Kyle Trask finished his illustrious Florida career with a whimper Wednesday night at the Cotton Bowl, denied the storybook ending he deserved by a hungry Oklahoma team that intercepted Trask 3 times in the opening quarter alone. The Sooners stormed to a 17-0 lead and never trailed, ultimately mauling the Gators 55-20.

Trask and the Gators were outplayed, outcoached and outworked, undone by early mistakes, all errors Florida’s hapless defense couldn’t produce enough stops to negate.

Already a Florida legend, Trask’s Gators legacy is secure.

Trask is a well-deserved Heisman finalist, a consensus All-American and finalist for the Davey O’Brien Award, given annually to the best quarterback in college football. A massive underdog his whole career, Trask waited nearly 7 years between starts, a backup to D’Eriq King (now of Miami) in high school and Feleipe Franks throughout his early years at Florida. When his chance came, he seized it, throwing for over 6,500 yards in 2 seasons as the Florida starter and this season, leading the country in passing yards per game and passing touchdowns.

Less than 2 weeks ago, Trask went toe to toe with fellow Heisman finalists Mac Jones and DeVonta Smith of Alabama, throwing for 408 yards and accounting for 4 touchdowns in a thrilling SEC Championship game that saw the Gators fall just 6 points short of upsetting the No. 1 Crimson Tide.

But there would be no heroic, signature performance Wednesday in Trask’s Florida finale.

It’s a shame that on an evening Trask decided to stick around and play for his school one more time, in his home state, in front of plenty of friends and family, Trask’s coaches and teammates didn’t pick him up when he needed them most.

Thanks to a rash of opt-outs, beginning with key target and fellow Florida legend Kyle Pitts, Trask faced a vastly improved Sooners defense without his top 4 receiving targets in Pitts, fellow All-American Kadarius Toney, likely early-round NFL Draft pick Tre Grimes and sophomore Jacob Copeland.

Still, there was some reason for optimism, or at least hope, entering the game.

Trask spread the wealth all season, helping the Gators become the only team in the Power 5 with 8 players who had 15 catches or more. If anyone could overcome the loss of 66% of his total receiving production and 75% of his team’s total touchdowns, maybe it was the Heisman finalist.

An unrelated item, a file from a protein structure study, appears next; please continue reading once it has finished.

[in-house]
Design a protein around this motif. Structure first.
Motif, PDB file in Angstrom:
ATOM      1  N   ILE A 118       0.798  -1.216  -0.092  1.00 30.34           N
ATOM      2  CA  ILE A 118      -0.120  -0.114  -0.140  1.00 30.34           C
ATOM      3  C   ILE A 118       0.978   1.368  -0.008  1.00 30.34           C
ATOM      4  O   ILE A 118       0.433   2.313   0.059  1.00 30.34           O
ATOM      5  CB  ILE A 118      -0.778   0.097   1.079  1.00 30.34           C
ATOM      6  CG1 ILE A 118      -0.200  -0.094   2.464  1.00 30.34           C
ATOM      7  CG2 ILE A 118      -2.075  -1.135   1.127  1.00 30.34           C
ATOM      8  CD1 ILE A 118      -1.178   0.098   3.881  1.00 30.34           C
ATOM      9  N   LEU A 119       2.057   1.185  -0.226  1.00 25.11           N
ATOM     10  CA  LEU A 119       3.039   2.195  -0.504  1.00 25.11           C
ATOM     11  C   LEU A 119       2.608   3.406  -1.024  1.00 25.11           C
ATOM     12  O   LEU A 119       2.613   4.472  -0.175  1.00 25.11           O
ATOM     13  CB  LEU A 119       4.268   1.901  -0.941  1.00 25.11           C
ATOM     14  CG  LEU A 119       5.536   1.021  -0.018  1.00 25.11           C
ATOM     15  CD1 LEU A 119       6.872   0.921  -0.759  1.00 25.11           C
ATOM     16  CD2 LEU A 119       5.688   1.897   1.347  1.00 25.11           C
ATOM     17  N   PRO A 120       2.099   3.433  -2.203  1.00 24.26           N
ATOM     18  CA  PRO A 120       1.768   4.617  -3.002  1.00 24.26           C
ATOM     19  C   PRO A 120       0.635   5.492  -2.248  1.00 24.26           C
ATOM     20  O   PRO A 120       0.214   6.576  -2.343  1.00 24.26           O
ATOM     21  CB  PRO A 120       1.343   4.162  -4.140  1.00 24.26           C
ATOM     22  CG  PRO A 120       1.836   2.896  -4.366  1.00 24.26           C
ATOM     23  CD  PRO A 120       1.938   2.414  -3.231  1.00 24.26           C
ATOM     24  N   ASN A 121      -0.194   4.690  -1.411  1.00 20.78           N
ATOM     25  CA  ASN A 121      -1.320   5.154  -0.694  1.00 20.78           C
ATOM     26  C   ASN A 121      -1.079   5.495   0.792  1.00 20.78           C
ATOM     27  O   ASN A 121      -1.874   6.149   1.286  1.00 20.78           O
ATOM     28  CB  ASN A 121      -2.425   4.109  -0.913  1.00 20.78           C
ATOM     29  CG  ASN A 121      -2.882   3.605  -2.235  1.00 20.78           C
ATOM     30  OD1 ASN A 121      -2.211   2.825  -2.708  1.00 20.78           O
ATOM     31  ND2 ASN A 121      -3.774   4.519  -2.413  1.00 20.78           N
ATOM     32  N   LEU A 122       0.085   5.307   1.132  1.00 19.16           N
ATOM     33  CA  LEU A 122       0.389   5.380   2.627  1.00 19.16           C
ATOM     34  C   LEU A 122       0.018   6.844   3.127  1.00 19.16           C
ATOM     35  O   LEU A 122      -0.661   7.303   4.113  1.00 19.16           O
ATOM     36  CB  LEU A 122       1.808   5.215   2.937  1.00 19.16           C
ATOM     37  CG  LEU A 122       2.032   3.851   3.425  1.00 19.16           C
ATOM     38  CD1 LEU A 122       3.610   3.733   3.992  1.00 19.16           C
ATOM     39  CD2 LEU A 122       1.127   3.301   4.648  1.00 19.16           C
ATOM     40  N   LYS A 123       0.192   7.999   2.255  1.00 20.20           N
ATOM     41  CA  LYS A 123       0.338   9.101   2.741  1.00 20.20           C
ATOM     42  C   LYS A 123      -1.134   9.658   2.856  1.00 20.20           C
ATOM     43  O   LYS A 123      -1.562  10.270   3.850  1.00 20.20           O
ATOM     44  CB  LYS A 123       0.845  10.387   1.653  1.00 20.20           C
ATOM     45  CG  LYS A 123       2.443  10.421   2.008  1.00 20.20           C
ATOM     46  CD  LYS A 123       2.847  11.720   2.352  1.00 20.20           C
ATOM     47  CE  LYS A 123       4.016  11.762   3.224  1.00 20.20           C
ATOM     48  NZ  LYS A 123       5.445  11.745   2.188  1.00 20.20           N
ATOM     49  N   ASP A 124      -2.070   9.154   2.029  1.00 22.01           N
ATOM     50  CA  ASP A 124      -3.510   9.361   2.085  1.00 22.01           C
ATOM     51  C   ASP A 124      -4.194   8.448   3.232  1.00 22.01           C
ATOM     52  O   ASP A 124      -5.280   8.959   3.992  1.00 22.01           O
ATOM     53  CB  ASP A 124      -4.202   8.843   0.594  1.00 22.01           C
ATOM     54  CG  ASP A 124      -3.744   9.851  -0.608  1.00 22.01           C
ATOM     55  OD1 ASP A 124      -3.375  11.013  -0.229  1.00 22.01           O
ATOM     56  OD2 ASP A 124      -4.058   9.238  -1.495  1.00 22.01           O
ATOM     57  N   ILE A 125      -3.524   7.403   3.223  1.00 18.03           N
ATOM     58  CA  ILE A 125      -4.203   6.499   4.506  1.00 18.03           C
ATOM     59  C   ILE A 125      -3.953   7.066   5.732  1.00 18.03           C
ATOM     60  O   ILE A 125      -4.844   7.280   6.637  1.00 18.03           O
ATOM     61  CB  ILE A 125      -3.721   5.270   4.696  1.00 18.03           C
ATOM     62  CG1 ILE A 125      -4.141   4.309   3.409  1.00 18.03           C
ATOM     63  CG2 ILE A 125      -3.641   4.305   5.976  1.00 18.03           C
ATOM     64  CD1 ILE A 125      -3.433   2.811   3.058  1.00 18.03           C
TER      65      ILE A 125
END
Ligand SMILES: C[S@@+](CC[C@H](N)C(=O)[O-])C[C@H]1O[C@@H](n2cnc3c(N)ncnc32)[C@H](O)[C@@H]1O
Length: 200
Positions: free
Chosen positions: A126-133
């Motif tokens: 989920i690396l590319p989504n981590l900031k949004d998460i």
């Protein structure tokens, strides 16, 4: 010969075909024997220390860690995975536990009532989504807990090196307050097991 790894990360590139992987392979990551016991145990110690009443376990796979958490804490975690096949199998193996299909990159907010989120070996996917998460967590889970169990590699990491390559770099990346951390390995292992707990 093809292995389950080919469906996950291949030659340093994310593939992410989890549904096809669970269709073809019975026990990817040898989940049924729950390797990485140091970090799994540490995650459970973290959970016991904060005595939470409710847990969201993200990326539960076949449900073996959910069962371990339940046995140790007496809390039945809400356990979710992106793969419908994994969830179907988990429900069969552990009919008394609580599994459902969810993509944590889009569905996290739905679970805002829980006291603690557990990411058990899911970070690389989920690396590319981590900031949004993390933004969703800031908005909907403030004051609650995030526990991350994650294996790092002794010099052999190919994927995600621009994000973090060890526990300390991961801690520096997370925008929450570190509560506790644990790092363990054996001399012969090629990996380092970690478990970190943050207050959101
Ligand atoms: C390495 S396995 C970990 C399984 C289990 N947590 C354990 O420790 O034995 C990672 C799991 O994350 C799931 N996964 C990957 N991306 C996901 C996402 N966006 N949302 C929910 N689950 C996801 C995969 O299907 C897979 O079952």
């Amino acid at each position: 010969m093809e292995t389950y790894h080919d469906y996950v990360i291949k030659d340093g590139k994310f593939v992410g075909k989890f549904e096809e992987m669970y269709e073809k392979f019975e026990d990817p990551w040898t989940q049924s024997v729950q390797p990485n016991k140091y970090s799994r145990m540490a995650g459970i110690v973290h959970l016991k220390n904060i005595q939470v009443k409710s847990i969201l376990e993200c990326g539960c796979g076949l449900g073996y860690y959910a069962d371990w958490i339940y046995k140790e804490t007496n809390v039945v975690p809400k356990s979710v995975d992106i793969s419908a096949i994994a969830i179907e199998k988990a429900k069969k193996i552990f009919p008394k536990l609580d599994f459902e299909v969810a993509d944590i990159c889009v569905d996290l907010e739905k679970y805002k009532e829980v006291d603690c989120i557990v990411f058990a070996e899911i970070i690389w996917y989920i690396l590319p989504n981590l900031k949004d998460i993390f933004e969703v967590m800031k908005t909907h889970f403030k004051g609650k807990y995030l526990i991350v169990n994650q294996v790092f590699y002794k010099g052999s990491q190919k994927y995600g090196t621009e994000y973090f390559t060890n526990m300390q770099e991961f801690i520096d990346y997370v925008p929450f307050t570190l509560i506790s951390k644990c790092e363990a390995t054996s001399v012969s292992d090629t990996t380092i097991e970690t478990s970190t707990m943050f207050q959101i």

It wasn’t to be. He finished a meager 16-for-28 for 153 yards. There were 0 TD passes and 3 interceptions — and in truth, it wasn’t all Trask’s fault.

A handful of plays and possessions demonstrate the way Trask’s teammates let him down, even if, as always, the senior held himself accountable following the game.

With Florida finally driving down 17-0, Dan Mullen made the curious decision to remove Emory Jones, who orchestrated much of the drive, from the game in the red zone, despite the way Jones was keeping the Sooners off balance.

Trask threw a devastating interception on a corner route where a true freshman Ja’Quavion Fraziars, who didn’t catch a pass all season, failed to run a crisp route, allowing Oklahoma’s Woodi Washington to gain good position for the pick.

In the second quarter, with the Gators down 11 and driving, Trask threw a beautiful ball to Pitts’s replacement, Keon Zipperer, downfield. Zipperer, a highly coveted tight end recruit who chose Florida over Miami and Alabama, dropped the ball. Instead of 24-20, Florida was forced to punt.

Todd Grantham’s leaky Florida defense capitulated on the ensuing possession, allowing Oklahoma to convert a 3rd-and-11 on a draw play intended to run clock and establish field goal angle and then conceding a touchdown 4 plays later to allow the Sooners to lead 31-13 at the half.

The Gators’ much-maligned defense talked plenty in the buildup to the game, with linebacker James Houston (who spent most of the evening on the bench with his mouth shut) calling the Sooners “not on (Florida’s) level.”